A digital painting of Chris, a light skinned man with black hair, glasses, and a shadow on his upper lip and chin. He is wearing black glasses and smiling at the viewer. He wears a blue suit with a white flower pinned on the left side, and a white button up shirt. The background is decorative a pink floral pattern drawn on red.

Please share about yourself, your experience with the Disability Assistance Benefit, and anything else you would like people to know.

I’m a Greek originated, neuro-diverse, working class male, living in BC, and I do community art. I can lead with that now that in my 30+ years, I’ve become comfortable with this skin I’m in — embracing its challenges and peculiarities, while leaning into its preciousness.

I’ve had Cerebral Palsy (CP), a disorder that adversely affects movements and one’s ability to maintain balance and posture. And although my CP is very much a part of me, it’s not immediately visible to others. My personal case has caused a semi-severe speech impediment.

Though I’ve had CP my entire life, I didn’t say the words out loud until I was in my early twenties. I don’t think I even noticed I was doing it until I was talking to some people who knew me best, but they didn’t know I had it.

Being disabled has shown me how strong and resilient I can be, while also reminding me of the importance of kindness. Being a working class man has taught me fortitude, focus, and courage, and shown me the love of brotherhood and connection.

I can’t remember myself at a period when I did not have to worry about financial security. Life has been always a balancing act, and I am certain that this impacted negatively on my mental health. I gave up non-necessary items (sometimes, labelled as such by government agencies in exchange for benefits) to cover ultra-basic needs. Luckily, I could and can rely on understanding partners/ friends/ community groups for support.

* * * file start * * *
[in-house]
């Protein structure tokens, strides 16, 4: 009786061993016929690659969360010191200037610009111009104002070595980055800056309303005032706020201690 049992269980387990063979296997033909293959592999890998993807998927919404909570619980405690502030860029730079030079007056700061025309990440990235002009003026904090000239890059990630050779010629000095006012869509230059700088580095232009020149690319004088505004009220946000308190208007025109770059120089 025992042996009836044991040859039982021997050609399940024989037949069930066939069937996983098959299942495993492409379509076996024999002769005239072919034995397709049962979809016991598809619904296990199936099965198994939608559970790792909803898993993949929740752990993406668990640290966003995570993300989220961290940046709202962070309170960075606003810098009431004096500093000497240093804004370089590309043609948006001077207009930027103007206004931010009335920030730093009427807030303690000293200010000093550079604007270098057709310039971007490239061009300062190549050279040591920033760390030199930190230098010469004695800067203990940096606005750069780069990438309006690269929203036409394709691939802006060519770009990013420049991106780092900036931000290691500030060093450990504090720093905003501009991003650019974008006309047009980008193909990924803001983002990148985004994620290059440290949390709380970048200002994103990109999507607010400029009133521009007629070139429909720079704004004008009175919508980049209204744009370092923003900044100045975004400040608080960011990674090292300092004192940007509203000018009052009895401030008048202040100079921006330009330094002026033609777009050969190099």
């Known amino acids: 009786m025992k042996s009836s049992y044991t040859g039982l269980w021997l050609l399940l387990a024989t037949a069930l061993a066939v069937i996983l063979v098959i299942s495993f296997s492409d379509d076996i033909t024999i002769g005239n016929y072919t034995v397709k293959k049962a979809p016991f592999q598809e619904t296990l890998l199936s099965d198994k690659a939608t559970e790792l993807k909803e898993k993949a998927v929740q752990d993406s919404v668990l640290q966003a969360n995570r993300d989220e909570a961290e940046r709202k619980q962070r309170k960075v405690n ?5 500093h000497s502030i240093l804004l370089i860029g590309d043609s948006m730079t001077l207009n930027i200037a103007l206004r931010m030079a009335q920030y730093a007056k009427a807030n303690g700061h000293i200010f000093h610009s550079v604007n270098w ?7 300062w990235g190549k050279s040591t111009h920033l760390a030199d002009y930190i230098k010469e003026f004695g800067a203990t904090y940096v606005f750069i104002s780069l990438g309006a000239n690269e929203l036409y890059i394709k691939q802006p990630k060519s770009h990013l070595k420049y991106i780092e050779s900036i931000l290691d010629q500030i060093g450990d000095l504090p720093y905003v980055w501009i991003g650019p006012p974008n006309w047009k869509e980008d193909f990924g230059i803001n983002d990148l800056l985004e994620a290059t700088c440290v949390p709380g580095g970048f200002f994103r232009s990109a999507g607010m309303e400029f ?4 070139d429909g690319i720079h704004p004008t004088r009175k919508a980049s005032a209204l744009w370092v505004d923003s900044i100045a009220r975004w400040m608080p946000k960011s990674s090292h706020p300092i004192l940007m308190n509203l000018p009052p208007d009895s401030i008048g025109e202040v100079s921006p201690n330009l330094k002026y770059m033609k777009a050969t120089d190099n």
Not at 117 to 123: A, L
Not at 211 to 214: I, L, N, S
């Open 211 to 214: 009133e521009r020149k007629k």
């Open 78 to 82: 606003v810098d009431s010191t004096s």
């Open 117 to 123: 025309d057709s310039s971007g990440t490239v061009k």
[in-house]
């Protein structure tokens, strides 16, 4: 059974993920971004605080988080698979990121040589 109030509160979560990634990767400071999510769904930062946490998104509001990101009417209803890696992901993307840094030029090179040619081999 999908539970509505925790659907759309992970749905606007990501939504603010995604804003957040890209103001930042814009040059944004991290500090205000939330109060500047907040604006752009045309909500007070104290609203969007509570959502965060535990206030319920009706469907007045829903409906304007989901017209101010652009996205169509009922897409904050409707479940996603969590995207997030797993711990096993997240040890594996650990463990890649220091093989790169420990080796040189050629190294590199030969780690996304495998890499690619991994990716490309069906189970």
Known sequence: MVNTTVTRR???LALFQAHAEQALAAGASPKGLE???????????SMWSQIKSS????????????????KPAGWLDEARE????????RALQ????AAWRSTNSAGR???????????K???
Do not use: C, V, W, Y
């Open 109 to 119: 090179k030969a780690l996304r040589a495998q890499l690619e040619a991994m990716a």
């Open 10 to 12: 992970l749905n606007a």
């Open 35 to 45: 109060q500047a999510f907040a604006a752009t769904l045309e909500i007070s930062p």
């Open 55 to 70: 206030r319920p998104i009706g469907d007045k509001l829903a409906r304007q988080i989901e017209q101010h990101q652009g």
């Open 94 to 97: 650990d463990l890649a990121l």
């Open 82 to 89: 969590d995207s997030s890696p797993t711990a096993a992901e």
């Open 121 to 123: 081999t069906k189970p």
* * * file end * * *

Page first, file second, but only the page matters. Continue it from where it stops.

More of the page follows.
It takes an awful amount of time to deal with bureaucracy here (Canada) re: disability. The front desk staff are overall friendly but clearly overwhelmed by the work load. 

There must be a balance between the paperwork required from a disabled person and the checks and balances to review the veracity of the benefit claim application. The process can be painful and exhausting, and it can discourage potential applicants in need.

I am worried about the digital flip applications for benefits take, because not many people I know are tech savvy to start a claim on line. 

What do you dream support for people with disabilities could look like?

I wish us all : An independent living; An unapologetic way of being; A reclaiming of a sovereign ‘I’ about who we are, how we want to be seen and identified. The things that make us different bring us closer together. They give us space to learn and be better versions of ourselves. Going through painful moments in life, I am proudly presenting myself – Chris: Human. Complex, varied, able, adaptive, beautiful in composition, rare, and capable.

Likes / Loves:

My favorite color is red (passion?) and I have plenty of shirt and blouses in red, pink, light blue and white. I like color in my life, in general; I like to follow horoscopes. Am born on the cusp Sagittarius and Capricorn and this leads to internal tensions between excitement for anything new and reluctance to change.

Art has been a consistent and therapeutic release for me since a very young age. When I felt misunderstood or alone, I turned to arts to release. Communication is not just one thing, and I think I’ve been able to effectively express that through my various choice of mediums. I knew I was drawn to literature at an early age, and every change I got, I would dig a little deeper and try something new. In some of my darkest and most isolating moments, literature provided me solace. It was an area of my life where I had complete control.

Some of Chris’ creative work:

Published by rozmaclean

B.C. based artist

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